|Publication number||US6601865 B1|
|Application number||US 10/154,660|
|Publication date||Aug 5, 2003|
|Filing date||May 23, 2002|
|Priority date||May 23, 2002|
|Publication number||10154660, 154660, US 6601865 B1, US 6601865B1, US-B1-6601865, US6601865 B1, US6601865B1|
|Original Assignee||Sebert Harper|
|Export Citation||BiBTeX, EndNote, RefMan|
|Patent Citations (35), Referenced by (13), Classifications (28), Legal Events (3)|
|External Links: USPTO, USPTO Assignment, Espacenet|
The field of this invention is movable chairs, and in particular movable chairs for individuals who need to avoid standing for large periods of time in situations like waiting on line.
A range of devices are available to adults whose mobility is impaired, whether because of age, injury, illness etc. These devices are suitable for individuals having varying degrees of coordination, strength and endurance. The simplest devices are canes, providing a single additional point of support. Some canes use multiple tips for increased stability. The rehabilitative crutch can be grouped together with the canes. Finally, the cane is expanded into an adult walker, which surrounds the user by a light weight frame. The frame is lifter off the ground and moved forward by the user.
To eliminate the need for lifting a walker frame off the ground wheels are added. A two-wheeled version has wheels on the front pair of legs and feet on the back pair and is moved forward by tilting the walker forward. For additional mobility all four legs can have wheels, but now brakes are needed.
Walkers and canes serve a user with sufficient leg strength to stand erect, providing extra stability or transferring weight off a weak leg. Wheelchairs are for users who have essentially no usable leg strength. The wheelchair is a rolling seat designed for individuals unable to stand and is moved by gripping circumferential hand grips inside the rims of large rear wheels or by an attendant standing behind the wheelchair and grasping handles for that purpose. Wheelchairs are not the device of choice for individuals who merely cannot stand for long periods of time because they may not want to look very sick.
Individuals who have sufficient strength to walk with the aid of a supporting device may still be incapable of standing for long periods of time. One solution is the cane-seat, a small stool attached to a walking cane. The rigid four-footed walker may also be equipped with a seat. A more recent species of mobility aid is known as a “rollator”. It has four legs, four wheels, a seat, brakes, and sometimes a basket. The rollator may be used as a rolling walker, and also serves as a portable seat. The user of a rollator may propel himself while seated by applying his feet to the floor, similar to what a person seated on an office chair does when he wants to move across the room.
The present invention including a folding seat, four wheels and an extensible safety handle on either side of the seat, making it better adapted than the rollator for seated pedal propulsion. Other features, such as handle bars and a one-piece foot rest make the chair of the present invention better suited for being pushed by an attendant than a rollator. The chair of the present invention can also function as a rolling walker, where the user walks forward with the chair as a support, something a wheelchair cannot do.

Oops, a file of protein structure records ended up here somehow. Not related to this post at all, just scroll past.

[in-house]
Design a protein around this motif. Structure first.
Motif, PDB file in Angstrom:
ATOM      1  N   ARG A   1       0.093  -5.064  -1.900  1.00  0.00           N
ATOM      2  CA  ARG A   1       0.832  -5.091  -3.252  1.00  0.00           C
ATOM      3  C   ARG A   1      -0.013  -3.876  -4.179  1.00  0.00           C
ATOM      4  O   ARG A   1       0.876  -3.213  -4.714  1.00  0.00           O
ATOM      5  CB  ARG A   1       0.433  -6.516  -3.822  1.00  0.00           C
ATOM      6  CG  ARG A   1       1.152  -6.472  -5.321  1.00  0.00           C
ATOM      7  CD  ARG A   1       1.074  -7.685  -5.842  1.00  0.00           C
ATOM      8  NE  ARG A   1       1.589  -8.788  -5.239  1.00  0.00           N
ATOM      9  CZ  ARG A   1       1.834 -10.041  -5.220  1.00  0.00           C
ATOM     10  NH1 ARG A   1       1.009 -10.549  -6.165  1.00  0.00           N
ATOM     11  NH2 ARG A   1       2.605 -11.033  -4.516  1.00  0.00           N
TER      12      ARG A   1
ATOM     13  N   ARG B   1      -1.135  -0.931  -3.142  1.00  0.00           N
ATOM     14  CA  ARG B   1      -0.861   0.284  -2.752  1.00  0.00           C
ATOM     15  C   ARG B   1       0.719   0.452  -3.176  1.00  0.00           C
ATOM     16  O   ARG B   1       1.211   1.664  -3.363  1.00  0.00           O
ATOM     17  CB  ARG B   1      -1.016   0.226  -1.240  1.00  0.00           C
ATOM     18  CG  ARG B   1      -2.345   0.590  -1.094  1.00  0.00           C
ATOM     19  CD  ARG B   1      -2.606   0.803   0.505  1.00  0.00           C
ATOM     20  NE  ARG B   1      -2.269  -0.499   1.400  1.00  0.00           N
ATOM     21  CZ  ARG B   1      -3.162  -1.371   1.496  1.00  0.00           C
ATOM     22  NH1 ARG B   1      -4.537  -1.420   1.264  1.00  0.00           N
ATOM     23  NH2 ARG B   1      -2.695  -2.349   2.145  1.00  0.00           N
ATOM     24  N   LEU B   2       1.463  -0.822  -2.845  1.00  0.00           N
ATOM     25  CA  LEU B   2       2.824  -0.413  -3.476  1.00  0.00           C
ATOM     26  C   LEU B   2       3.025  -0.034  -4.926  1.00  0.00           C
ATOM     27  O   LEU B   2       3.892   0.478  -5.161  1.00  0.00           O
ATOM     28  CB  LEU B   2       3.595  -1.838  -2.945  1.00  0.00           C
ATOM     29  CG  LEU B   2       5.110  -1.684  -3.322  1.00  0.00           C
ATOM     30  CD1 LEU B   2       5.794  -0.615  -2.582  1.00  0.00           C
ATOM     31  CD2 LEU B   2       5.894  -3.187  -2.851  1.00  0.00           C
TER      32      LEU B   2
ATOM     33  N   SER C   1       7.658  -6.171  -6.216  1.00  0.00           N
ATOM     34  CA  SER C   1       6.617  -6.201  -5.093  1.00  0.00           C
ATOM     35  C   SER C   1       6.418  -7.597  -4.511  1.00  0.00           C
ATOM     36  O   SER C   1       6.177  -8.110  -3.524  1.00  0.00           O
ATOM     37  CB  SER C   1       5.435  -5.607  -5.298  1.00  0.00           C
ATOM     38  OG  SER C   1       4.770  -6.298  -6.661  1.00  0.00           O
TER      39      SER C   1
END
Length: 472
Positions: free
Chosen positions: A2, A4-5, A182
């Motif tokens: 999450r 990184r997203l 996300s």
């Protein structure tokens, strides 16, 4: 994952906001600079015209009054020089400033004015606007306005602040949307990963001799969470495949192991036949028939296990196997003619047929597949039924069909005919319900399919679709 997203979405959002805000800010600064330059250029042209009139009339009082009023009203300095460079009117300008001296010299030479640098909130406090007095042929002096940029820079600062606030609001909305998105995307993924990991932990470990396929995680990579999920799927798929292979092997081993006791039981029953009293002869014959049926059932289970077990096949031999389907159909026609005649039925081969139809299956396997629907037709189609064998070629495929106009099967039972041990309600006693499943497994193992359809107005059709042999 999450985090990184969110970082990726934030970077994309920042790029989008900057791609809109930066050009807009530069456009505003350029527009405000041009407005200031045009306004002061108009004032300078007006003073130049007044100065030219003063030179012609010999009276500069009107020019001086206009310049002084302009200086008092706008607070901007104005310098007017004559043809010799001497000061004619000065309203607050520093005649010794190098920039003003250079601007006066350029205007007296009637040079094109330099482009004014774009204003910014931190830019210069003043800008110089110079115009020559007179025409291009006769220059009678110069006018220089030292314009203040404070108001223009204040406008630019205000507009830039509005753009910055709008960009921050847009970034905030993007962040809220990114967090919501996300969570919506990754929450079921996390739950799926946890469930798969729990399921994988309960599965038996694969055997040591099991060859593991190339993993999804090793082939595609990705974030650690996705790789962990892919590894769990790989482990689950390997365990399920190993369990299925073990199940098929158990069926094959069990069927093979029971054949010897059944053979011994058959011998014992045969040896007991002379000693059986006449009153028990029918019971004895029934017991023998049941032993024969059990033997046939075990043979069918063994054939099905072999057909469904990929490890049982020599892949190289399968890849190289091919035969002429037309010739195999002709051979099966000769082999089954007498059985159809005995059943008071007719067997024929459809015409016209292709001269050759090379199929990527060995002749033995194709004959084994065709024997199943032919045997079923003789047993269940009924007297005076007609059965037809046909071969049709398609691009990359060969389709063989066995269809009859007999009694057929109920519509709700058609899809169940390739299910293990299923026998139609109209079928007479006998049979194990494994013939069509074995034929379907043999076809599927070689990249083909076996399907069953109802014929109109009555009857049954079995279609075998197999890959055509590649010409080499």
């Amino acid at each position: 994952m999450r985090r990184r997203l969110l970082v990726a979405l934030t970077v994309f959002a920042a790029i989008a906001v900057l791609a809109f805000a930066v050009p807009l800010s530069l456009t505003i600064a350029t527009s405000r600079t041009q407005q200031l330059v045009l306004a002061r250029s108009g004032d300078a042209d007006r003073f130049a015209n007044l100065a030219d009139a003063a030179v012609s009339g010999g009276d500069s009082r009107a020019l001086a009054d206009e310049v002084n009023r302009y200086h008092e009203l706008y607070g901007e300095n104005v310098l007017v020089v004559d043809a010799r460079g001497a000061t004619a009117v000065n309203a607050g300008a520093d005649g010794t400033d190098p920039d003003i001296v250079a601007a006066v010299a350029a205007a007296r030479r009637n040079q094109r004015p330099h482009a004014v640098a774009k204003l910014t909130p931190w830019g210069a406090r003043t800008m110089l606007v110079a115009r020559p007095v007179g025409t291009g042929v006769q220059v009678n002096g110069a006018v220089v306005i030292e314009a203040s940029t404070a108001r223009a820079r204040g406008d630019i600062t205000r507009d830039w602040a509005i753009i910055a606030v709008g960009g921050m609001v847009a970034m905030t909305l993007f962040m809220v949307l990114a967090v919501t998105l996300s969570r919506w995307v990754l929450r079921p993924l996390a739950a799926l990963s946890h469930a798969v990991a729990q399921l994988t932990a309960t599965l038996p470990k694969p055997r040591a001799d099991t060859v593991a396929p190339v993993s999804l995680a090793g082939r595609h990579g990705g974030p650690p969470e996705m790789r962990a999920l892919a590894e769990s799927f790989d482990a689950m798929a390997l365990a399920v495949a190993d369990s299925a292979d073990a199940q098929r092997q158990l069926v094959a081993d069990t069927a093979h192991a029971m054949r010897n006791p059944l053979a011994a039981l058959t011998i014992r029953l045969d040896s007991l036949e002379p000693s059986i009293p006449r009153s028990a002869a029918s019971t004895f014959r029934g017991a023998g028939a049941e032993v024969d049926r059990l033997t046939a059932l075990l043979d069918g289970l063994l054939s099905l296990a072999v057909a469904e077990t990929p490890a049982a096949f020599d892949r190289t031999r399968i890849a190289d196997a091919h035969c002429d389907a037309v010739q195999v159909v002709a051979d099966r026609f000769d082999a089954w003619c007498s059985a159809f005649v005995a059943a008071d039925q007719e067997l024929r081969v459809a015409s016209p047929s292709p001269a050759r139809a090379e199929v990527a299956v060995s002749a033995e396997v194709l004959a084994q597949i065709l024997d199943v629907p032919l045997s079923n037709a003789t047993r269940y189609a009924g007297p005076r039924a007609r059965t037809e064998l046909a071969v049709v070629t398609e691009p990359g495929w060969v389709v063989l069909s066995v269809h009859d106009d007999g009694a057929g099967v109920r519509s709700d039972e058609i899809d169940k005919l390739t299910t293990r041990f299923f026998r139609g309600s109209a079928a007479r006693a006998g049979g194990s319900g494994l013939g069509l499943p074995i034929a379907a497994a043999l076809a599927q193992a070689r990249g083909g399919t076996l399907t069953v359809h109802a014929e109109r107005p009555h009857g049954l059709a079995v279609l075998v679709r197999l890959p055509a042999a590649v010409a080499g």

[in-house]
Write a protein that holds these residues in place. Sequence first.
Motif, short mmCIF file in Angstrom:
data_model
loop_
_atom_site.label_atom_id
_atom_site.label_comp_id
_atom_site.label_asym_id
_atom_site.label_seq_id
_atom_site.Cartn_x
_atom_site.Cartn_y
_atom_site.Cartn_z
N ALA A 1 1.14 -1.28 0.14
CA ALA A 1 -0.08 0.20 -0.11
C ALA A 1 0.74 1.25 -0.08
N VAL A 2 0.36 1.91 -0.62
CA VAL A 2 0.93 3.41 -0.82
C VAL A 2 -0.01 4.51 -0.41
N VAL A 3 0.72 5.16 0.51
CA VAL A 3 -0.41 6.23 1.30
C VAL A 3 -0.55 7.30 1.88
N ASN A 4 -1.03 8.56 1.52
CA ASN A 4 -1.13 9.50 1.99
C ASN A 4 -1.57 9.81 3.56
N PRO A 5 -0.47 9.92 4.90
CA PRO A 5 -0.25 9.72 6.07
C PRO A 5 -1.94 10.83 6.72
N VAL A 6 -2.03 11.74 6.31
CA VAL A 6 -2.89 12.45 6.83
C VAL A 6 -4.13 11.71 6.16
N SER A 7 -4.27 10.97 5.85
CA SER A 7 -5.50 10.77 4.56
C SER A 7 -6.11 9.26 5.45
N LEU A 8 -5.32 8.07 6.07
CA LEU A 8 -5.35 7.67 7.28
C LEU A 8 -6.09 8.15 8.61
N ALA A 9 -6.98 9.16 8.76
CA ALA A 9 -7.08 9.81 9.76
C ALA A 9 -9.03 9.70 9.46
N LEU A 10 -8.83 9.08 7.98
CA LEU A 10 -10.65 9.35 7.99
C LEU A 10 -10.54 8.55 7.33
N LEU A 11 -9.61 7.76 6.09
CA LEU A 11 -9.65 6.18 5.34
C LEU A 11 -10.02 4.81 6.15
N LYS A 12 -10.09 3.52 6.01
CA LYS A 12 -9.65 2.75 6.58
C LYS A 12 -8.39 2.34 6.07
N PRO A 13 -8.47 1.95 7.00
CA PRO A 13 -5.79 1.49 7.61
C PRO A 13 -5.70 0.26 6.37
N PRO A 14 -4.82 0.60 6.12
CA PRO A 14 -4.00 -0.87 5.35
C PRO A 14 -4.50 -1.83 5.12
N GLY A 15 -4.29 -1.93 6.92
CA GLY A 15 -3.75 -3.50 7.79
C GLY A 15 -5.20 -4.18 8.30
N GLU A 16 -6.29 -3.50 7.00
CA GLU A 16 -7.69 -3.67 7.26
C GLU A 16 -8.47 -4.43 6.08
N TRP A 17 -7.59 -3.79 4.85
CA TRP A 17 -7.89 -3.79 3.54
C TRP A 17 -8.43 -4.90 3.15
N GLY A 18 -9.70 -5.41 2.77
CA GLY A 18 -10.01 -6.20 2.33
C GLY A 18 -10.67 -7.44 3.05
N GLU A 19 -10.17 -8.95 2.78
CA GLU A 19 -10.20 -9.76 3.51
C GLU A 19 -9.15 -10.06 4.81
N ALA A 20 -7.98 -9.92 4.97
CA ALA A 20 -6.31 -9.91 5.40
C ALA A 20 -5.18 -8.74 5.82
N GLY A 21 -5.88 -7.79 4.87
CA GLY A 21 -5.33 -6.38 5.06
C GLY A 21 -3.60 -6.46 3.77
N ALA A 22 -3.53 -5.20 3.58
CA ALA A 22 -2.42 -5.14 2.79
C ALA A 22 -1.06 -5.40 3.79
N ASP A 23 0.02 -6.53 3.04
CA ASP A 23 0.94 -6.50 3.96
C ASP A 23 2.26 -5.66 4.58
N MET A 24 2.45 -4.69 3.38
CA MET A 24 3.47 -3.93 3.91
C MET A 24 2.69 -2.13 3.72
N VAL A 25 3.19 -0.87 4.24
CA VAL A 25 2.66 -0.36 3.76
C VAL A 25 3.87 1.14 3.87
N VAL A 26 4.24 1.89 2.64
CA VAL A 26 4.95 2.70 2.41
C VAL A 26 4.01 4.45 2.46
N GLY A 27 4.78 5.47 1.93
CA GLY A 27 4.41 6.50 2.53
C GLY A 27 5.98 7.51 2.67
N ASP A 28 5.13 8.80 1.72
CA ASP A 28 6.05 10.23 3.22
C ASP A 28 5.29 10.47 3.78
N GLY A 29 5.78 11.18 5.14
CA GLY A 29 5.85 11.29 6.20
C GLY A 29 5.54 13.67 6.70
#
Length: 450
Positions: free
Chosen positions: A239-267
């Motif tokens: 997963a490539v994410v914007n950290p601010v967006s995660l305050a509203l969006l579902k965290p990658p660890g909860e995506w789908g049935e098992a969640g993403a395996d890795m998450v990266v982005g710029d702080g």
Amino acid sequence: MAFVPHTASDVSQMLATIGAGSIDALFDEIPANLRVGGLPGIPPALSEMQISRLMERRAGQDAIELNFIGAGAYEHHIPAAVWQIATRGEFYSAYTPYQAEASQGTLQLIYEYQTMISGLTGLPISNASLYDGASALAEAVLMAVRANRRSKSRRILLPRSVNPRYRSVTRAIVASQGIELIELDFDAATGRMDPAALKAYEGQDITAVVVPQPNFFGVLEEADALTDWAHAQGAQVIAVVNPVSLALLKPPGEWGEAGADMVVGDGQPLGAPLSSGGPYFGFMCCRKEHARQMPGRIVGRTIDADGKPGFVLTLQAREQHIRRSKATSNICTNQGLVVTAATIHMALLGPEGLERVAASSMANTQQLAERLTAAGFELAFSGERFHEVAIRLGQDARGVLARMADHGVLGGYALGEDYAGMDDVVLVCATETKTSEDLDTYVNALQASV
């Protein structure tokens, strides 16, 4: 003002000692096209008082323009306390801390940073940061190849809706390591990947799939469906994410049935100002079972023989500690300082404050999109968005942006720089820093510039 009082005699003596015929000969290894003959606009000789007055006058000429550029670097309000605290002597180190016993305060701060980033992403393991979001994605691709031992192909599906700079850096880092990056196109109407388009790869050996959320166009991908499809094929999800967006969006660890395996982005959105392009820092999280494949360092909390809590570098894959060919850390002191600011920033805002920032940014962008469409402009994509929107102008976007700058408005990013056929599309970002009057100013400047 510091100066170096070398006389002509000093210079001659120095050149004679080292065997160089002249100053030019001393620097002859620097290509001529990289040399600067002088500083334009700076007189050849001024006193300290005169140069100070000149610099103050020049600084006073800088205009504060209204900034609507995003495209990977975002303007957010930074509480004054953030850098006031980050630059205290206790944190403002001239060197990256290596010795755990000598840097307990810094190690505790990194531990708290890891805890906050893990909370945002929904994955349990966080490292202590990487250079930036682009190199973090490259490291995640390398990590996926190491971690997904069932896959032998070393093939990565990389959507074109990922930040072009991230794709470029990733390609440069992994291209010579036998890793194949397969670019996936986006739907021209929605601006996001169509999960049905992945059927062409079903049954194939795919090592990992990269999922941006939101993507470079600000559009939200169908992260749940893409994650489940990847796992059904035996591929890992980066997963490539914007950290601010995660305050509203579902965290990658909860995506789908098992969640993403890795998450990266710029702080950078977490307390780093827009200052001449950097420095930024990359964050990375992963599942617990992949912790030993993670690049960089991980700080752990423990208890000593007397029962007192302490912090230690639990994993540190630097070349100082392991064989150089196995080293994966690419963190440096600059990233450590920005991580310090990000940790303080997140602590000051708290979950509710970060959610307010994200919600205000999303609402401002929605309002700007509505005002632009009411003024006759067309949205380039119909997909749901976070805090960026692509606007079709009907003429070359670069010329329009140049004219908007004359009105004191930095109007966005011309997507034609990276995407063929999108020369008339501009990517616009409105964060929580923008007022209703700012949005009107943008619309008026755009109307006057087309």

A visually appealing rollable, collapsible chair comprising a cushioned seat, stability handles projecting outwardly from opposite sides of the seat and being foldable under the seat, wheeled front and rear legs, a seat back including a continuous upside down u-shaped rod and a seat back cushion, a pair of handle bars for pushing the occupant while seated, a substantially rectangular leg rest spanning the width of the chair and supported by a fifth wheel, a cane holder, a net and a removable arm rest assembly comprising a substantially flat arm rest having a clip on a bottom thereof, an L-shaped bar made of a short side, a long side and a vertical side perpendicular to the short side, the bottom of the arm rest clipping and resting on the long side of the L-shaped bar, the arm rest including a larger portion that is foldable upwardly for drawing.
The following important objects and advantages of the present invention are:
(1) to provide a chair that elderly, injured or infirm can sit on that does not look like a wheelchair;
(2) to provide a mobility aid that combines the functions of a walker, a rollator and a wheelchair while maintaining light weight and foldability;
(3) to provide a chair as described in objective (2) that also holds and makes available to the seated occupant other important features like a cane and either an arm rest or an umbrella.
(4) to provide an aesthetically appealing chair that can be used while waiting on line at an airport, theme parks and other public place;
(5) to provide a foldable chair that can be stored and either wheeled around or carried around for whenever needed thus allowing a resident of a nursing home to park it;
(6) to provide a chair that can be moved forward by the simple motion of the legs of a seated occupant;
(7) to provide a chair that has a leg rest that permits the occupant's legs to rest in a manner that does not interfere with forward motion when the occupant is being pushed;
(8) to provide a chair that has a stable leg rest as a result of a fifth wheel attached to the leg rest;